Saturday, November 18, 2017
Archbishop Thomas Wenski - The Archdiocese of Miami
Children learn in school the story of that first Thanksgiving organized by those Pilgrims from England at Plymouth Colony way back in 1621. But, for those who know, the very first Thanksgiving Day took place near St. Augustine, Florida, not in 1621 but in 1565 on September 8th when the Spanish explorer, Pedro Menendez de Avila, and his companions attended Mass followed by a meal with the natives.
According to the noted historian Michael Gannon, the now deceased UF professor of Florida history, that Thanksgiving Mass and meal was the first communal act of religion and thanksgiving in the first permanent European settlement in North America. And it happened years before the Pilgrims landed on Plymouth Rock!
Both those who founded the Massachusetts Bay Colony and those who founded St. Augustine, in the words of Pope Francis, spoken to Congress in September 2015, “came to this land to pursue their dream of building a future in freedom.”
Since the Pilgrims were not Catholic but Protestant, few of us can claim that our ancestors came over on the Mayflower but, here in South Florida, there are no doubt quite a few people who could possibly claim that some of their distant relations were with Pedro Menendez de Aviles in St. Augustine. But all of us are immigrants or descended from immigrants. Even America’s aboriginal populations migrated across the Bering Strait.
On Thanksgiving Day, most of us will sit down to a sumptuous feast prepared from the great bounty of American agriculture. Let us be grateful to the farmers, and the truckers, and the grocers that make it all possible. And let’s us be especially grateful to the more than two million farm workers many with Hispanic surnames who pick fruits and vegetables in Florida and California, who harvest apples in the Pacific Northwest and parts of New England, and peaches and tobacco in the southern states, and who work in poultry, dairy, and livestock farms in the Midwest and parts of the Southwest. Half of them are undocumented and all of them work long hours in the most dangerous of occupations, exposed to pesticides and the elements and unforgiving machinery.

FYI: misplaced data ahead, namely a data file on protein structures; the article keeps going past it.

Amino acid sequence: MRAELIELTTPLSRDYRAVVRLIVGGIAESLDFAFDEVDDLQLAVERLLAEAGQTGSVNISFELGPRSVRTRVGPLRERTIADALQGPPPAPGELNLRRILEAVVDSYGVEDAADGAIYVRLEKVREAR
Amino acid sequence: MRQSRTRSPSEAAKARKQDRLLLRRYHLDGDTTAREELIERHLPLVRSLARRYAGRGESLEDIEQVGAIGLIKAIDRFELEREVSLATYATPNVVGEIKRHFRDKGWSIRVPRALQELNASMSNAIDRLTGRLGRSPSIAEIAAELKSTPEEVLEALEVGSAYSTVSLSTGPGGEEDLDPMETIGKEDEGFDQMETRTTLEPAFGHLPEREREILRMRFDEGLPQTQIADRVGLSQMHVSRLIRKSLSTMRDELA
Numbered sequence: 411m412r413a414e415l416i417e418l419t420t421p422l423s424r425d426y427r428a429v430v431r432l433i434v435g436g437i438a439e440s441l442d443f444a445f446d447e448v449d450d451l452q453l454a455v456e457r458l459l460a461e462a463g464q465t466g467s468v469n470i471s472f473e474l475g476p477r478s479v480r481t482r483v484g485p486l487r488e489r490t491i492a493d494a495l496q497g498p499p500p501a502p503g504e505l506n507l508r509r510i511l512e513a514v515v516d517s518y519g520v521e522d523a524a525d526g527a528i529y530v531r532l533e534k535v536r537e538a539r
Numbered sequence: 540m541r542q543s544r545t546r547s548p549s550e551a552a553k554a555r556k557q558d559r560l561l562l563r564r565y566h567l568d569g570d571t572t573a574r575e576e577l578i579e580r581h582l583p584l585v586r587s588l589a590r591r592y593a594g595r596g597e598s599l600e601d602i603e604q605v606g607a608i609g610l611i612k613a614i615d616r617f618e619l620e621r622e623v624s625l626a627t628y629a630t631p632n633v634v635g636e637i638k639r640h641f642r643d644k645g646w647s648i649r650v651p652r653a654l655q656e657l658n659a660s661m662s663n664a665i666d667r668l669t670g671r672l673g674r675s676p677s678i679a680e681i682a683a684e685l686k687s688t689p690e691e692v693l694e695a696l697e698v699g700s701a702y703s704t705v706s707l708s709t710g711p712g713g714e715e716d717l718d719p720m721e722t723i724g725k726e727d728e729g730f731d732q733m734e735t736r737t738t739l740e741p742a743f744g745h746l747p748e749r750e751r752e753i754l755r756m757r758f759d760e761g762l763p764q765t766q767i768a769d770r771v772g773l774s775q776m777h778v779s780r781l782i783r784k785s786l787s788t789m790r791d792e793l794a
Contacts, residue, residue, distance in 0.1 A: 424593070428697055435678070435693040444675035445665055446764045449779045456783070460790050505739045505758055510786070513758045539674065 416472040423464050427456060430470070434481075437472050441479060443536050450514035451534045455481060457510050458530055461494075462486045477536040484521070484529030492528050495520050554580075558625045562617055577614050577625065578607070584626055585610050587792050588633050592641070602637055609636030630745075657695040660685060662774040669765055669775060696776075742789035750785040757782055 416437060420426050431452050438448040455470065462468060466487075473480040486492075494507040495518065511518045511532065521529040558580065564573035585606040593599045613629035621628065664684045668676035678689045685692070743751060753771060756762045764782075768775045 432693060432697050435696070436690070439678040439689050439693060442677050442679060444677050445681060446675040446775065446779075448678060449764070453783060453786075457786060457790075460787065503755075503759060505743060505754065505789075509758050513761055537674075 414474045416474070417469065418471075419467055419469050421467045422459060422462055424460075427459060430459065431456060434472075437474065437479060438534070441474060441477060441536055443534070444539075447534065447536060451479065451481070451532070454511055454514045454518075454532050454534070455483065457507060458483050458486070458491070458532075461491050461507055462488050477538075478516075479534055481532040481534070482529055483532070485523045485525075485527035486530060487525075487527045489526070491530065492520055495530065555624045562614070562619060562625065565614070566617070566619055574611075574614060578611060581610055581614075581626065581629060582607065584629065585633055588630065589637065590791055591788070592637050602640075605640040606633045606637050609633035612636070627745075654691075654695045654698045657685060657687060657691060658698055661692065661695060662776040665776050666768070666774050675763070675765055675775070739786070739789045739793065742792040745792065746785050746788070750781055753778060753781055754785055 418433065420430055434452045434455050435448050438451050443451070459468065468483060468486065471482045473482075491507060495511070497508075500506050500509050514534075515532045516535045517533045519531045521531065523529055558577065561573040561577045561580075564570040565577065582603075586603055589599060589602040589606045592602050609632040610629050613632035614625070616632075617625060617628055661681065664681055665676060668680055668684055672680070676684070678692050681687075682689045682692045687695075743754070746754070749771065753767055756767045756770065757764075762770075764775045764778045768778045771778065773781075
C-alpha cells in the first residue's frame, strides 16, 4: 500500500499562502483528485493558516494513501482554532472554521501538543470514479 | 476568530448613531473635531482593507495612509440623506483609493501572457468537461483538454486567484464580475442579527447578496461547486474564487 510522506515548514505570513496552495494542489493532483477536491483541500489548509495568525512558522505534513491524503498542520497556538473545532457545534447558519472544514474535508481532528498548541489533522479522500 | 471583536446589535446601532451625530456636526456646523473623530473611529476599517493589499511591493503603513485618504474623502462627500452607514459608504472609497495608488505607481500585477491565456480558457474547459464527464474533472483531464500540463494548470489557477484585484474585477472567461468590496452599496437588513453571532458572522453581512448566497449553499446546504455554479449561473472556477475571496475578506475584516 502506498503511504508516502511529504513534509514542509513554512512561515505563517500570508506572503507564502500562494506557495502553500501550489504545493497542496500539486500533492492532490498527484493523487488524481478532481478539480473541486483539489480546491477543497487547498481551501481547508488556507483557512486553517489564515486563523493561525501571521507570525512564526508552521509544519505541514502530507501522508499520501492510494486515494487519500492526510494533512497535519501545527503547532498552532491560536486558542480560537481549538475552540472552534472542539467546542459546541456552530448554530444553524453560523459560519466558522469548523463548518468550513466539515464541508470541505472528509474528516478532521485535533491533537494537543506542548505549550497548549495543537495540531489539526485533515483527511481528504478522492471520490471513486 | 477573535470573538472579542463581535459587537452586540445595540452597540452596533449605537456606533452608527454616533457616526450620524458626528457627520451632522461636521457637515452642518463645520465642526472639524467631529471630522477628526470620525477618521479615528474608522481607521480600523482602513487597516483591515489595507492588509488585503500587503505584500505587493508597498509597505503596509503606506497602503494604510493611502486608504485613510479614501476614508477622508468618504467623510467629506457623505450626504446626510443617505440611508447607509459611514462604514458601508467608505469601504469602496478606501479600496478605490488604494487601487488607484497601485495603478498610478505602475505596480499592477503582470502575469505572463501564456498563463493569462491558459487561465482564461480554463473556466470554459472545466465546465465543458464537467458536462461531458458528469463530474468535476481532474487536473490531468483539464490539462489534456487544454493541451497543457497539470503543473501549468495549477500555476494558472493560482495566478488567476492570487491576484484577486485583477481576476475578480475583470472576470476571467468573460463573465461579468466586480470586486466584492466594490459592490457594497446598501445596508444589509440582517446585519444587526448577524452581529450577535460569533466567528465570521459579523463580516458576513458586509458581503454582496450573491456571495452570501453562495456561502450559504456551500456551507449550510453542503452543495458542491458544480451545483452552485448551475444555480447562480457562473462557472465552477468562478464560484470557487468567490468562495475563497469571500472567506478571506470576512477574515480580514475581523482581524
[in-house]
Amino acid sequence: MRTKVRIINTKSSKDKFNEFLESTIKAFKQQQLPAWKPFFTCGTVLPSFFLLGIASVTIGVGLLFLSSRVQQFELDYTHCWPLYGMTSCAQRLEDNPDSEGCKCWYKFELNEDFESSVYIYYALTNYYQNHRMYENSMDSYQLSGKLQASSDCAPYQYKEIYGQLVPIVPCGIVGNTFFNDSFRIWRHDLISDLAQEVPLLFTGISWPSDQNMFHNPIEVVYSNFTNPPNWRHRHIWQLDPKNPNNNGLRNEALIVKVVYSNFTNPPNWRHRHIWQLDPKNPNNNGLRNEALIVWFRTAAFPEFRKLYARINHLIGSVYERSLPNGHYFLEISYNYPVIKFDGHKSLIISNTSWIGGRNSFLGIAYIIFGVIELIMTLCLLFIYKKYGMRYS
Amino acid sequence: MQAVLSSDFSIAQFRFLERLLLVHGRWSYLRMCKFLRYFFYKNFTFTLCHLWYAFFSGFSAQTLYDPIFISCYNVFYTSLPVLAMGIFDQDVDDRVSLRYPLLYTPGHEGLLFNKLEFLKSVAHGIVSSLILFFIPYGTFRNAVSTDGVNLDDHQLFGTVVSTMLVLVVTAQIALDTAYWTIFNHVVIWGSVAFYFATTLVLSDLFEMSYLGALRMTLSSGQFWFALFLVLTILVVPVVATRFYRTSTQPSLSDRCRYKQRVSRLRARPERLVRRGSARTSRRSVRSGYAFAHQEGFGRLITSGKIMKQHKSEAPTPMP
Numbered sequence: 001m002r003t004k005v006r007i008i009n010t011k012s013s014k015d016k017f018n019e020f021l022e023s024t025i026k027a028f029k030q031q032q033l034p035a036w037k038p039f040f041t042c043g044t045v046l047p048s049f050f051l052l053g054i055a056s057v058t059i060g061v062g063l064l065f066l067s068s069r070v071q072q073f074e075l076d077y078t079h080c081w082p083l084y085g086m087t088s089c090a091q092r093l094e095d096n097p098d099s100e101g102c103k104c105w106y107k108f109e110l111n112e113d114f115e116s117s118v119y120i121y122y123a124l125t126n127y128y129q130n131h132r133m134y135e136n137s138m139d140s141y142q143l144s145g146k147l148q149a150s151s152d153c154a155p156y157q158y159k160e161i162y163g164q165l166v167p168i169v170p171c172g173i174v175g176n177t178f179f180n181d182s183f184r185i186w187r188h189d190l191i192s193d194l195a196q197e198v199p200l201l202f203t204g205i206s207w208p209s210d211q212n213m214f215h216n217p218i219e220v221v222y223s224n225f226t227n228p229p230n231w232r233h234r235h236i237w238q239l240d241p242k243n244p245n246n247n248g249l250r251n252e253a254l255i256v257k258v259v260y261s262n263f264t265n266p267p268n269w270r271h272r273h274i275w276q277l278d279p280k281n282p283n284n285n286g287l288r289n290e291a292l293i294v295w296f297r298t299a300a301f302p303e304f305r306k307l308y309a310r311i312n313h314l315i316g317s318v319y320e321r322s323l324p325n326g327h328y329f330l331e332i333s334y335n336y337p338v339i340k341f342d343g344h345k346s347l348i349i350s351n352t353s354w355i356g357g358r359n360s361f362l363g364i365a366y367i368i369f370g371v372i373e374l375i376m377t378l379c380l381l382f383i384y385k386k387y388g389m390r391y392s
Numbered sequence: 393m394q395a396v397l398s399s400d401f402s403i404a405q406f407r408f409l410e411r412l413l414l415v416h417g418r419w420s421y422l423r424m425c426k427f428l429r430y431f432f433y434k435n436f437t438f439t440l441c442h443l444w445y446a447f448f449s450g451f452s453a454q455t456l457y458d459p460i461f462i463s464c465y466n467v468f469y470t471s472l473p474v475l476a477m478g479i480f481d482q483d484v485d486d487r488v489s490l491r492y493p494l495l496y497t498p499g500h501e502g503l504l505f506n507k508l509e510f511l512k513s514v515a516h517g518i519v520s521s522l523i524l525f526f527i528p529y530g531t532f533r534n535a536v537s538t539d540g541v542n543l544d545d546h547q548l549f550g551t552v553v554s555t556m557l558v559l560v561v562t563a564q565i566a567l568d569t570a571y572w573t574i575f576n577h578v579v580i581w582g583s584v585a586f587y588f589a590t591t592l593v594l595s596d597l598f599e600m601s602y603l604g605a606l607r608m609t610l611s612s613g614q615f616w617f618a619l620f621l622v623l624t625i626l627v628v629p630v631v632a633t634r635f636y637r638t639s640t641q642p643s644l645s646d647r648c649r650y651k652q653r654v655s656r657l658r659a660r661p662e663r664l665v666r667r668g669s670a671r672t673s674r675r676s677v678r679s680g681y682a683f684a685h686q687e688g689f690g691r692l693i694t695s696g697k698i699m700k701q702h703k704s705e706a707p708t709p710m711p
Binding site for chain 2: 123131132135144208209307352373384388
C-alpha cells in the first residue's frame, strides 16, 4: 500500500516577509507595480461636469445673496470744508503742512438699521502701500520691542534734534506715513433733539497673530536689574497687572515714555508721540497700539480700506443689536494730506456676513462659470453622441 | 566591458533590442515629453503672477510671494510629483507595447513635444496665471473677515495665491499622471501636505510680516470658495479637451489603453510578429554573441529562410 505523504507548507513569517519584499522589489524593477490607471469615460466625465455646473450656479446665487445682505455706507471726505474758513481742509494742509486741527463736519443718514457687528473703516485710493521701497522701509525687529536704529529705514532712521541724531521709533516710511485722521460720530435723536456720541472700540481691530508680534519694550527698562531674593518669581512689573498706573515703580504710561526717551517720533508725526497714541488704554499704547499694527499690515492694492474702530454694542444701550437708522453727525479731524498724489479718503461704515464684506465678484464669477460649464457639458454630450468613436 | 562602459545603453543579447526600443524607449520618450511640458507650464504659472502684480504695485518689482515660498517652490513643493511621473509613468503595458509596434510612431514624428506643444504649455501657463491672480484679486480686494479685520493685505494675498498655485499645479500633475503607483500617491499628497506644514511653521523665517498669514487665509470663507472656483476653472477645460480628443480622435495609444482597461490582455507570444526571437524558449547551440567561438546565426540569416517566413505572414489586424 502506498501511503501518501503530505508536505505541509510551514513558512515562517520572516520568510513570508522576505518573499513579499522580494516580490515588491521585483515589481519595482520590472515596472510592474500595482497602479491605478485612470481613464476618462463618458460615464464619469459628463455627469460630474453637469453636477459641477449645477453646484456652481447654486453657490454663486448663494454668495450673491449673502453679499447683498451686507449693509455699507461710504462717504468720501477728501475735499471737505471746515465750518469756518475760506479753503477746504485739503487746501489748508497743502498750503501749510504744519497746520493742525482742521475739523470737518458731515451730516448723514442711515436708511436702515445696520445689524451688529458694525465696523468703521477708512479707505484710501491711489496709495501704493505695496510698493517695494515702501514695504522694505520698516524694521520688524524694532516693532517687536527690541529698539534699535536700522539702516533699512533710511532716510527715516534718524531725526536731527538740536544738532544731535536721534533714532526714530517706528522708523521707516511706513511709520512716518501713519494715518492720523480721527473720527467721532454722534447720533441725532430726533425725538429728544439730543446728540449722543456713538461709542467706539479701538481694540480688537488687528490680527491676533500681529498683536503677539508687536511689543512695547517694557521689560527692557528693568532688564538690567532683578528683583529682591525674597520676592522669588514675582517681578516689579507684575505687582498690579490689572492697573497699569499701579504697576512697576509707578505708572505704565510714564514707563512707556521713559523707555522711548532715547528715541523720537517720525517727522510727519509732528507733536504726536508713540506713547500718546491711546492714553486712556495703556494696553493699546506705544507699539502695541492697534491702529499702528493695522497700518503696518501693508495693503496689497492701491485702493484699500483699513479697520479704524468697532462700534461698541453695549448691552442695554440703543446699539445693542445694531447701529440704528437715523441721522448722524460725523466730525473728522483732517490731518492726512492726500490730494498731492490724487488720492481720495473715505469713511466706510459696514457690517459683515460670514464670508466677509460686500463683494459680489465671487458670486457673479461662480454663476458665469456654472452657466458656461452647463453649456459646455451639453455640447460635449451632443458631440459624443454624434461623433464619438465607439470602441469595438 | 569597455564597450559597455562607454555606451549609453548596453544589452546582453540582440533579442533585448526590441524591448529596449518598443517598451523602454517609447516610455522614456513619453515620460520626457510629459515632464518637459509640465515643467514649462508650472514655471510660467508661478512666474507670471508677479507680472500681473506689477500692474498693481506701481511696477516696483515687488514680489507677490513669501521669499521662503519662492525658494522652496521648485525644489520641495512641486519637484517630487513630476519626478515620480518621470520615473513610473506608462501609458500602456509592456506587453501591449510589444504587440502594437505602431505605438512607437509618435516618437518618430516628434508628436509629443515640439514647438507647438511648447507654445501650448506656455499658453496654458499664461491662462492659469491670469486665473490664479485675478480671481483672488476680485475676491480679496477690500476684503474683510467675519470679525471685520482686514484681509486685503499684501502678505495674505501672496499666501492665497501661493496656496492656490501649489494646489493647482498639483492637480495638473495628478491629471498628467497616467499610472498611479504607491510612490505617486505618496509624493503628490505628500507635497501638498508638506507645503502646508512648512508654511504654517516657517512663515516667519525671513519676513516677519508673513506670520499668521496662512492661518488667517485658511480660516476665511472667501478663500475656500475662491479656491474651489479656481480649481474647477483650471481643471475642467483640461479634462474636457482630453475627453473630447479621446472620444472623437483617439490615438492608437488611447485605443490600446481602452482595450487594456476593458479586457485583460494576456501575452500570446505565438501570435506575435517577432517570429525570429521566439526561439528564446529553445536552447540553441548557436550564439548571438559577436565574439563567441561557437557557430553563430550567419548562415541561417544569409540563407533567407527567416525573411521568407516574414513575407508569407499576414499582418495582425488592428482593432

Again, when Pope Francis spoke to Congress two years ago, he reminded our law makers, “ thousands of persons are led to travel north in search of a better life for themselves and for their loved ones, in search of greater opportunities. Is this not what we want for our own children? We must not be taken aback by their numbers, but rather view them as persons, seeing their faces and listening to their stories, trying to respond as best we can to their situation. To respond in a way which is always humane, just and fraternal. We need to avoid a common temptation nowadays: to discard whatever proves troublesome.”
Unfortunately, today in this “nation of immigrants” too many of us perceive the new immigrants as “troublesome.” Immigration has become in American politics a “wedge issue” with both left and right content with a stalemate that allows each side to appeal to their “base” in the meantime, a broken immigration system continues to disrupt lives and divide families and steal hope away from those who dream of “building a future in freedom” for themselves and their children.
As we give God thanks for the freedoms and opportunities that we Americans enjoy in this country a country that has been described “as a nation with the soul of a church,” we pray that we will become a more just and fraternal nation, a nation that is not afraid of the foreigner because we too were once foreigners.
Thanksgiving and the possibility of being thankful comes when we recognize that everything we have, everything we are thanks be to God we have received freely. And having received so many blessings not as some entitlement but as gifts from God should inspire us who have received freely to share these blessings freely with others.